Gender Politics in an 1887 Letter from Mary Hallock Foote
Tara Penry, Boise State University
Mary Hallock Foote is not known for progressive gender politics. Quite the opposite. As her biographer Darlis Miller observes, Foote and her longtime friend Helena DeKay Gilder agreed that woman’s most important work lay in the home, and suffrage would distract her from her primary duties.1 But Foote did not always practice her belief in the separate spheres of men and women perfectly. Not only did necessity compel her for a time to support her family with her work, but an 1887 letter also shows that in her professional life, Foote did not always think of her work as feminine or separate from the work of men.
This essay began not with questions about Foote’s gender politics but as an investigation of a mysterious letter. In the Special Collections department at Albertsons Library at Boise State University, not far from where the Footes lived in Idaho, a cryptic letter from 1887 shows the illustrator and author declining to participate in something relating to woman’s suffrage, but the letter is brief and the correspondent does not otherwise appear in Foote’s biography. This essay began as an inquiry into the circumstances behind the letter. Who was the correspondent? Why was she writing to an author and artist working in remote Idaho? And where did Mary Hallock Foote decide not to exhibit her work when invited? The answers to these questions not only provide a glimpse into the lives and passions of professional, writing women experiencing vastly different urban and rural wests in the 1880s, but they also suggest how complex were the politics of women’s work in this period.
In the summer of 1887, at age 39, Foote was a well‑established author and illustrator, publishing regularly in Century and other prominent national magazines. She was also a mother of three children (her youngest barely a year old), living upriver from Boise, Idaho, and supporting her family with her pen and pencil while her husband sought financial backing to build an irrigation system for the Boise valley. A picture she drew at this time for the children’s magazine St. Nicholas depicts explicitly her domestic absorptions. (See title illustration.) So when another professional woman from Chicago wrote to solicit books for an exhibit of “woman’s work,” Foote had other priorities than a stranger’s unsought appeal. Like many such appeals, this one failed to persuade its target audience. But Foote was polite enough to respond to Alice Stockham, M.D. To all appearances, the letter supports what we already know about Foote – that she did not support woman’s suffrage or other progressive causes. But as we discover more about the circumstances behind the letter, a slightly modified gender politics emerges – one that aligns Foote rather surprisingly with progressive professional women of Chicago and suggests her imperfect allegiance to the ideology of separate spheres.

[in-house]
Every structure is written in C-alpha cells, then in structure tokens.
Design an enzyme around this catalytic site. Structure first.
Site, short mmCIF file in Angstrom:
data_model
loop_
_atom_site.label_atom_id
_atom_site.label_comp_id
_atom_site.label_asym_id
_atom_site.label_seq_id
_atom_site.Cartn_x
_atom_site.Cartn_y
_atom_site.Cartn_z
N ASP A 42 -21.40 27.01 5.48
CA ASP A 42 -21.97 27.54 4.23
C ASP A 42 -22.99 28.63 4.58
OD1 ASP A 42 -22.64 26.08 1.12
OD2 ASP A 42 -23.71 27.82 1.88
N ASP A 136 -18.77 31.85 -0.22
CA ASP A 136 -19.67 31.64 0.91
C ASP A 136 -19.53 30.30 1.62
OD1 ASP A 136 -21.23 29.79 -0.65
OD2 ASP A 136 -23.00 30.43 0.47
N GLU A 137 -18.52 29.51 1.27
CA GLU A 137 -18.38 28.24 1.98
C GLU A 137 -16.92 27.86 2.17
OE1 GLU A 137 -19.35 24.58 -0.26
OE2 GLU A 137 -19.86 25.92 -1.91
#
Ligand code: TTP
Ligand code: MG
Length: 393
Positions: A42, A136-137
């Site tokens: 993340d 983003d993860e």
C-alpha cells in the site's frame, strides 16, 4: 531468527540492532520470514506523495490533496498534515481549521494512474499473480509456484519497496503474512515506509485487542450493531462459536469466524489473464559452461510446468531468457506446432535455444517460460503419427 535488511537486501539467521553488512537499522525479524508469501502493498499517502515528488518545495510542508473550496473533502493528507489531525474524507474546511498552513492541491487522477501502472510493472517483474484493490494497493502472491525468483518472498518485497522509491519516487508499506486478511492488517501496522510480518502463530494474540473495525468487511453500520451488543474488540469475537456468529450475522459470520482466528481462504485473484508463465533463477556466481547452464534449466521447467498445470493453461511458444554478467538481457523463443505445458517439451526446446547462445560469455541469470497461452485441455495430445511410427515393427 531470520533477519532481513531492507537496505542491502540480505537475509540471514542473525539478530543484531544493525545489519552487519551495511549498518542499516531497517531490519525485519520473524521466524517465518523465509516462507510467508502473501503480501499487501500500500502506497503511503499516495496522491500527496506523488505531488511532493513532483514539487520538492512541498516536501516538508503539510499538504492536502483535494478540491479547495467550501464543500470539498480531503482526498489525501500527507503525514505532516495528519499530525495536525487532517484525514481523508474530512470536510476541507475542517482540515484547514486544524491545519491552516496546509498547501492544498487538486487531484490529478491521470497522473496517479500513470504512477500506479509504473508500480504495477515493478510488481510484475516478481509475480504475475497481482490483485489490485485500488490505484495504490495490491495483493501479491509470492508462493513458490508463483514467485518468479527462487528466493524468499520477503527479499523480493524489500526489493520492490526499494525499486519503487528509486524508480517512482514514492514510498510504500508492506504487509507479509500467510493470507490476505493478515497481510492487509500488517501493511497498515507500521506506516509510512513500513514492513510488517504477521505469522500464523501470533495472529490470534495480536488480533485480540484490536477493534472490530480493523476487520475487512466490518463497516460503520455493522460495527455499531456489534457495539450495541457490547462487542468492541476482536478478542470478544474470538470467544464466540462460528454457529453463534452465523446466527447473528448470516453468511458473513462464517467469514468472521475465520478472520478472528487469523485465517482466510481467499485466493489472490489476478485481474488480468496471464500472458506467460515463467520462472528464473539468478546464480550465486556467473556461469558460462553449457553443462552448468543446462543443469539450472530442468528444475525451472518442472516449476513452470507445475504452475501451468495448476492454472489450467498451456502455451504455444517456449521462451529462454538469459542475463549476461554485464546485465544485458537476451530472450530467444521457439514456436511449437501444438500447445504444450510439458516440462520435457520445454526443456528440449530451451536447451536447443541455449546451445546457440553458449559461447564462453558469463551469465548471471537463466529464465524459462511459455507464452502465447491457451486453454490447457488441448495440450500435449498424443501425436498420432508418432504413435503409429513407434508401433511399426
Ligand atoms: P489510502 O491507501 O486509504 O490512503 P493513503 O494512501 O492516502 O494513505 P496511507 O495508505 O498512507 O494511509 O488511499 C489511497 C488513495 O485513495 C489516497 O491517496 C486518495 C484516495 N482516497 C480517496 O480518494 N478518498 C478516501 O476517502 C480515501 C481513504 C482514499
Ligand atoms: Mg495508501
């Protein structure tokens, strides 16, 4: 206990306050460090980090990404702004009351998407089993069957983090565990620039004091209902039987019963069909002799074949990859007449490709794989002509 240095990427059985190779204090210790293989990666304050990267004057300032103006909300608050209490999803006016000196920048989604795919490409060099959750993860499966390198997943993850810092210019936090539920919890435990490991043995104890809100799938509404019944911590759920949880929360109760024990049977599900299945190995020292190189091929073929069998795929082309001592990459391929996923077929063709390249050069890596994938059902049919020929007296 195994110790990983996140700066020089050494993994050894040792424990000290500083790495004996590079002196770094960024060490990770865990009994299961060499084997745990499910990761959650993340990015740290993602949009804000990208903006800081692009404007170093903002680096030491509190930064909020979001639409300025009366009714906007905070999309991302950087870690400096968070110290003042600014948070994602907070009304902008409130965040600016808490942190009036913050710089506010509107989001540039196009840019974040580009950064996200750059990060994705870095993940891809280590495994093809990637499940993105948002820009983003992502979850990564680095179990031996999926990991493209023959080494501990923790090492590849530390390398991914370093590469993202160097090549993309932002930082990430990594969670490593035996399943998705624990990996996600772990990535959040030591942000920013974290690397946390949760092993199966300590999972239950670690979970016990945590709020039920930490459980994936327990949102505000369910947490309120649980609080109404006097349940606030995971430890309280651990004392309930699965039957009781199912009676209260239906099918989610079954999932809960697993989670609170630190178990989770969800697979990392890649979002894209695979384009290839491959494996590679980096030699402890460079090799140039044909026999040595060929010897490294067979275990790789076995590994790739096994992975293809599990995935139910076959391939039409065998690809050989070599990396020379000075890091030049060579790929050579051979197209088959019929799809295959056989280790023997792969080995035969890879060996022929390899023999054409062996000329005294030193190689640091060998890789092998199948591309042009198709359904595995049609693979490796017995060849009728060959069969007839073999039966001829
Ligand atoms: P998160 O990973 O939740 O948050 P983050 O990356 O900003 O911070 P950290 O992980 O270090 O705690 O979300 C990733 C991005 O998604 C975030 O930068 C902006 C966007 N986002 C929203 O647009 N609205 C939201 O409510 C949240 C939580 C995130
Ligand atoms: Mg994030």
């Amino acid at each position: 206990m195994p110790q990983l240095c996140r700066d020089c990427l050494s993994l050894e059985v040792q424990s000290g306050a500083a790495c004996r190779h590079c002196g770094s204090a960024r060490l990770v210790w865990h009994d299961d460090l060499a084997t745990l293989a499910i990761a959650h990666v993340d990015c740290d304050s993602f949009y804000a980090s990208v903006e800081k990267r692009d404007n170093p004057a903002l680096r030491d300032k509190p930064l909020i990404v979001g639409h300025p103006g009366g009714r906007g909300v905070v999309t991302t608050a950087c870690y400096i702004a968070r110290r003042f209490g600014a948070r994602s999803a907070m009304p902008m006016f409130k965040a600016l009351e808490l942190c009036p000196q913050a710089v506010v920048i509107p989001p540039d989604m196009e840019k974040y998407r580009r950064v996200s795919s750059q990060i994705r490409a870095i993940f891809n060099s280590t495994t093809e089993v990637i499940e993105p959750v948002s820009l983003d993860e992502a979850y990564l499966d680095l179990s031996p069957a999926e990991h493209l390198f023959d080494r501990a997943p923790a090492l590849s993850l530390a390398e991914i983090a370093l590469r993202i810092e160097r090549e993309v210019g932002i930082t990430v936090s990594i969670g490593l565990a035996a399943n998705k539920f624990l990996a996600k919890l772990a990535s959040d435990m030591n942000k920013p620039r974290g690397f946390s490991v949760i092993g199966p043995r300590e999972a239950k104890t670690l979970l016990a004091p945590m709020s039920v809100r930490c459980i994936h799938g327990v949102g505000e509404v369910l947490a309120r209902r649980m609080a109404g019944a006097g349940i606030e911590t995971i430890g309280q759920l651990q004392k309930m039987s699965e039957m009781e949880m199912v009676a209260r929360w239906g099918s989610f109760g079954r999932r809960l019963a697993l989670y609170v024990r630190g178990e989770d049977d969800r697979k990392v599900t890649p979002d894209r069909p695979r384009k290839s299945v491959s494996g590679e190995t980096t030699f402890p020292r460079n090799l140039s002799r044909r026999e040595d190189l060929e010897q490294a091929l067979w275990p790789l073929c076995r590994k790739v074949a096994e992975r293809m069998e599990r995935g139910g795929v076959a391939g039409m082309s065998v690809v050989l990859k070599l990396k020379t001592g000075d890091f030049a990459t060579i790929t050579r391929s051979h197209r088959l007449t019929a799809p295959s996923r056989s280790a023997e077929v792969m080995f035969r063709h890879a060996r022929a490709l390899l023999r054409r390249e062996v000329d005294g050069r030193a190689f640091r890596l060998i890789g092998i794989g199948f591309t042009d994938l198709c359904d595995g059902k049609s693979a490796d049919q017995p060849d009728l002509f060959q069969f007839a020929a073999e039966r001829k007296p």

With its proper context lost to time, the letter seems firmly dismissive of progressive women’s politics. It reads,
Aug 15th 1887
Alice B. Stockham M.D.
I should not wish to exhibit my books or drawings as “woman’s work”, as they are not put in the market on that basis; nor should I care to contribute towards the campaign for municipal suffrage, not being entirely in sympathy with it as a means towards the progress of woman.
Yours very Respectfully
Mary Hallock Foote 2
Since scholars do not thus far know the context of this letter, its double rejections of women’s causes ‑ an exhibit on the one hand and suffrage on the other ‑ indicate either a gender conservative, a busy public figure who cannot be bothered with someone else’s crusade, or both. Though Foote herself would not have known it, her distaste for an exhibit of “woman’s work” placed her among the progressive professional women of Chicago. To understand this, we must know more about Alice B. Stockham, the “exhibit” in question, and the gender politics of Chicago expositions around the late 1880s.